You might think of patient-centered care as returning to the Golden Rule of treating others the way you want to be treated. Unfortunately, the way you want to be treated isn’t necessarily the way someone else wants to be treated.

Care that assumes the provider knows what the patient wants is still provider-centered. Patient-centered care requires providers to ask the patient or family what the patient prefers.

Patient-centered care depends on patients playing two roles: partner and evaluator.

To function as a partner, patients (or advocates) work in collaboration with physicians and staff. As health care providers help manage a patient’s care, the patient will be involved in decision-making. Collaborating helps physicians assure that care plans will be based on the individual patient’s needs, values and priorities. Active participation is required for successful outcomes.

In addition to acting as health care partners, patients (and their advocates) should offer essential feedback to the medical team. A patient’s perspective provides unique information to providers, helping gauge the effectiveness of care as well as the performance of the provider or organization. Patient surveys provide helpful disclosures after the fact, but no one should wait for a survey to communicate.

Providers naturally look at things through the lens of a physician or nurse rather than the eyes of the patient. If you are unhappy with your care or see an opportunity to improve it, speak up. This is your obligation.

Providers can’t fix a problem until they know they have one. They can’t make a course correction after the fact. Your appraisal may be crucial to successful future outcomes.

In many cases, you won’t receive patient-centered care unless you relentlessly pursue it. With perseverance, however, you can influence decisions, perhaps obtaining exceptions to hospital and insurance practices, or customizing care for yourself or your loved one, with the goal of improved quality of life.

Be present. Ask questions. Speak up. Keep good records. Learn to think beyond how it is always done, and to speak in dollars and sense. Refuse to be intimidated.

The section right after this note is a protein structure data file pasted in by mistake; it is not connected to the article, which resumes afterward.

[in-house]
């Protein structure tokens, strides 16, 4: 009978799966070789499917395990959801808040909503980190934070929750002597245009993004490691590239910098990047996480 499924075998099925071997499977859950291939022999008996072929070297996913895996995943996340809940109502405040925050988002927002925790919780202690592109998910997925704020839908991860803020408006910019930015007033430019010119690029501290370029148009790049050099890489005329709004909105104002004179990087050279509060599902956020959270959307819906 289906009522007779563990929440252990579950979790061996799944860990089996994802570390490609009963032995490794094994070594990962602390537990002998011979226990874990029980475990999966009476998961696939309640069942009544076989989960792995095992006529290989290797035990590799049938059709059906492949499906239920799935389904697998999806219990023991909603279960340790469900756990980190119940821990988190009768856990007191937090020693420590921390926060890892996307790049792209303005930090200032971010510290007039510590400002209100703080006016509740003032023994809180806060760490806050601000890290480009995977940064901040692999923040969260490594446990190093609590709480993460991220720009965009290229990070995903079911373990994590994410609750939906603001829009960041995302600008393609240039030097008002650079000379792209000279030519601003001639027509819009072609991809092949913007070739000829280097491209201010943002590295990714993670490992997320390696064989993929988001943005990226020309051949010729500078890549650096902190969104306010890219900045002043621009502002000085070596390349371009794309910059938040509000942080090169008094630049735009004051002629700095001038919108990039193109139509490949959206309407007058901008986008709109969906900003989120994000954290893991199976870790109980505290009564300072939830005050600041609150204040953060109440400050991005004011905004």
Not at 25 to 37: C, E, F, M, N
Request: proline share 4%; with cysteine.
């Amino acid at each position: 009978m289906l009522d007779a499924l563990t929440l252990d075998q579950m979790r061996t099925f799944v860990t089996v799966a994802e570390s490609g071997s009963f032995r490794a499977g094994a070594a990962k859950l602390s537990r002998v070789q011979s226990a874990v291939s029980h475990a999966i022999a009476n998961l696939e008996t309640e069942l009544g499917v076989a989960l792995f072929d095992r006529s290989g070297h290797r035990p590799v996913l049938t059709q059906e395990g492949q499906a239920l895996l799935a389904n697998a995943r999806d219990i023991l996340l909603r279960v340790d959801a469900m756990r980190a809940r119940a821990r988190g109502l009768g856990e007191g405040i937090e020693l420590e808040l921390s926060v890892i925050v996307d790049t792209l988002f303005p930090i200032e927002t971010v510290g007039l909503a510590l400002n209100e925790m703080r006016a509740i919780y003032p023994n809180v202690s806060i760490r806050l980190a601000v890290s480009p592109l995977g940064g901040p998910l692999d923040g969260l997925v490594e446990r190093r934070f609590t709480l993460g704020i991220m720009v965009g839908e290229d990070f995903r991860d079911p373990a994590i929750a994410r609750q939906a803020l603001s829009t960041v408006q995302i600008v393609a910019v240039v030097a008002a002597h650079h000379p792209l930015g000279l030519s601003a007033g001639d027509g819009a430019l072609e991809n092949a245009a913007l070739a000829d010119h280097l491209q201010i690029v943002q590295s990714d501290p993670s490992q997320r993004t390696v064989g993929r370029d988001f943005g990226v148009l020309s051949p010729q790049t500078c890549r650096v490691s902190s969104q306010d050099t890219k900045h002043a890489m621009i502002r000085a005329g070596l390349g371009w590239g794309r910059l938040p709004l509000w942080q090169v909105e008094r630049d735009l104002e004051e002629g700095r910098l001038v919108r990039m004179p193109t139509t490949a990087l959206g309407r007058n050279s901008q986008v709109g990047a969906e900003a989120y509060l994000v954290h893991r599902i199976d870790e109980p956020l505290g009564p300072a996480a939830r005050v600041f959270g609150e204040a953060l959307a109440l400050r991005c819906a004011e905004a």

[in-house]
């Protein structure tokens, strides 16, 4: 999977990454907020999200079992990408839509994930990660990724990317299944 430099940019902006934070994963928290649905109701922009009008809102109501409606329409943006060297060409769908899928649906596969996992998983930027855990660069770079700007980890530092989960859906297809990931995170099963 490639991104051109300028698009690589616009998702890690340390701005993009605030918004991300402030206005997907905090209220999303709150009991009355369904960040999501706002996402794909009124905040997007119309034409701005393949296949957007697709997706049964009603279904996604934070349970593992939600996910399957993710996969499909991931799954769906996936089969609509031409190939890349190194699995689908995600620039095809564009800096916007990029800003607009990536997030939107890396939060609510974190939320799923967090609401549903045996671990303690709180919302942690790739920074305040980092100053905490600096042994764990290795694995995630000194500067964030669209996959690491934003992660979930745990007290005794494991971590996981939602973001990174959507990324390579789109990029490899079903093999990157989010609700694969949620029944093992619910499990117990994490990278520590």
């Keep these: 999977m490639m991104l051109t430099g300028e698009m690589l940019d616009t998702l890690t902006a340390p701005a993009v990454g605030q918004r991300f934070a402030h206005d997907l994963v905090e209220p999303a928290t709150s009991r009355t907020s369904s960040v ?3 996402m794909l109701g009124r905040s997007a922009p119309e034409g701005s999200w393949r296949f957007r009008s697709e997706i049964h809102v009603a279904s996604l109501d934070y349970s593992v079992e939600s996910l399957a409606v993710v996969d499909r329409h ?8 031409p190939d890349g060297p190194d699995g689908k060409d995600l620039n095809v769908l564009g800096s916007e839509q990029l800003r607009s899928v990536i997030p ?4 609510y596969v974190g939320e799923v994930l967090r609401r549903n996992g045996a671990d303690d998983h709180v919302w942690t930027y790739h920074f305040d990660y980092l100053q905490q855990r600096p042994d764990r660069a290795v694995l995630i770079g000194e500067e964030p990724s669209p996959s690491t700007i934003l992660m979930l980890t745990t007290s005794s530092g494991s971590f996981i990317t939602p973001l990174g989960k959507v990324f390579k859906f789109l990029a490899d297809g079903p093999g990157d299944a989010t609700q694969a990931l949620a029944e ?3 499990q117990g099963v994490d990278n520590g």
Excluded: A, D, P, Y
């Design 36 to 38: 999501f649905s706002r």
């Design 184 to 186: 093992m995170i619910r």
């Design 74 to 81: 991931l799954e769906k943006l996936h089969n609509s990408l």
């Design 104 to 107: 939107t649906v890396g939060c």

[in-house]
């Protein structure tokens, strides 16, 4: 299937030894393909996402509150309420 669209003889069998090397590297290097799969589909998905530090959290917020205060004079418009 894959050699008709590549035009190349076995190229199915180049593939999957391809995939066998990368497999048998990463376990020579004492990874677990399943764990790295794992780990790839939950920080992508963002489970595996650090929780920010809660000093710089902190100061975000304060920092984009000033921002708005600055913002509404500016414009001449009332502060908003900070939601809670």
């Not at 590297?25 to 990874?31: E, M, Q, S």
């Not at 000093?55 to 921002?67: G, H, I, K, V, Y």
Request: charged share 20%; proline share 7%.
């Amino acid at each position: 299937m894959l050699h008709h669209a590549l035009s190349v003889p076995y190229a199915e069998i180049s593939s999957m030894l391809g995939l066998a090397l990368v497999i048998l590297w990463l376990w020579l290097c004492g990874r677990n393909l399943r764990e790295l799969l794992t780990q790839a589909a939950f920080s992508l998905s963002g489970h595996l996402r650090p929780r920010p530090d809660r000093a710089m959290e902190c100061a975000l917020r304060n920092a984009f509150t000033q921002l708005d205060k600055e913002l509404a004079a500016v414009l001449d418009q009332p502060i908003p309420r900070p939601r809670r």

Most importantly, don’t give up.

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We’re paying top dollar for care right now; we should be collecting commensurate benefits.

When patient-centered care becomes the norm rather than the exception in the United States, our health care system should result in better quality, efficiency, access to care, equity and the ability to lead long, healthy, productive lives. 

 

Guest writer Ruth Tarantine serves as chair of and nursing faculty and online nursing graduate programs at a private university. With 25 years of nursing experience, she holds a doctorate of nursing practice from Chatham University.

 

10 ways to participate in your own care, reduce errors

  • Speak up! Never be afraid to speak up, ask a question, or challenge something that doesn’t look right. Odds are, if something doesn’t look right, it isn’t right.
  • Be informed. Use the internet to perform your own research. Read the info packet given to you at the hospital. Know your rights as a patient; they must be posted on every floor in the hospital.
  • Be flexible. Be aware of which health issues are life-threatening and those that are not. Acknowledge that the goal is always quality care.
  • Know the name of each provider. Know the role that provider plays (attending, resident or intern). Know who the decision makers are in your care (besides you).
  • Ask for a copy of the results of any procedure and diagnostic test and keep it in your own medical file or binder.
  • Know your medications and dosages. Always have a list in your wallet. Question new medications, a change in dosage, or a pill that looks different from what you usually take.
  • Demand to be included in the patient plan of care. This includes being informed of any changes to the plan prior to the change. Remember the definition of patient-centered care: Nothing about me, without me.
  • Demand that all providers check the patient ID band before giving any medication, procedure, or patient interaction.
  • Demand that all providers wash their hands.
  • Be present for your loved one or have a loved one with you if you are the patient. This is the Number One way you can ensure better care.